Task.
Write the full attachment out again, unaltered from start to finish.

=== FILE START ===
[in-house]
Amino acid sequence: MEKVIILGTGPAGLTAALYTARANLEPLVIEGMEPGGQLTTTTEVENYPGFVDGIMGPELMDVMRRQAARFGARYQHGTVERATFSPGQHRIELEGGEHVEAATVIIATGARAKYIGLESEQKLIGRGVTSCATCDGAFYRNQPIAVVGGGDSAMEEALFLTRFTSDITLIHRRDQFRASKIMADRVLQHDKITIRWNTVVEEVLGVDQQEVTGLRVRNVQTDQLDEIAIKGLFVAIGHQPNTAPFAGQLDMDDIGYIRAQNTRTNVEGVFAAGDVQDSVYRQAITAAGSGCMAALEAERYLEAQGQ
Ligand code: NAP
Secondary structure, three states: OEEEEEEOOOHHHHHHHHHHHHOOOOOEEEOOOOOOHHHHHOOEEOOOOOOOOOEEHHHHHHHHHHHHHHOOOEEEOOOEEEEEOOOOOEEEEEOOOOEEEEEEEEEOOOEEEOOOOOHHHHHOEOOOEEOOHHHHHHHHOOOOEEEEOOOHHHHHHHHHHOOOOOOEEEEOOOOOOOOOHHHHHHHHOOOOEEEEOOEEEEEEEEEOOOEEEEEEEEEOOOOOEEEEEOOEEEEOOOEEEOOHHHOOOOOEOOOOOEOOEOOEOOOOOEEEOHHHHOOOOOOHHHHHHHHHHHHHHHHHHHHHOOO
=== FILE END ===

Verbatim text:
[in-house]
Amino acid sequence: MEKVIILGTGPAGLTAALYTARANLEPLVIEGMEPGGQLTTTTEVENYPGFVDGIMGPELMDVMRRQAARFGARYQHGTVERATFSPGQHRIELEGGEHVEAATVIIATGARAKYIGLESEQKLIGRGVTSCATCDGAFYRNQPIAVVGGGDSAMEEALFLTRFTSDITLIHRRDQFRASKIMADRVLQHDKITIRWNTVVEEVLGVDQQEVTGLRVRNVQTDQLDEIAIKGLFVAIGHQPNTAPFAGQLDMDDIGYIRAQNTRTNVEGVFAAGDVQDSVYRQAITAAGSGCMAALEAERYLEAQGQ
Ligand code: NAP
Secondary structure, three states: OEEEEEEOOOHHHHHHHHHHHHOOOOOEEEOOOOOOHHHHHOOEEOOOOOOOOOEEHHHHHHHHHHHHHHOOOEEEOOOEEEEEOOOOOEEEEEOOOOEEEEEEEEEOOOEEEOOOOOHHHHHOEOOOEEOOHHHHHHHHOOOOEEEEOOOHHHHHHHHHHOOOOOOEEEEOOOOOOOOOHHHHHHHHOOOOEEEEOOEEEEEEEEEOOOEEEEEEEEEOOOOOEEEEEOOEEEEOOOEEEOOHHHOOOOOEOOOOOEOOEOOEOOOOOEEEOHHHHOOOOOOHHHHHHHHHHHHHHHHHHHHHOOO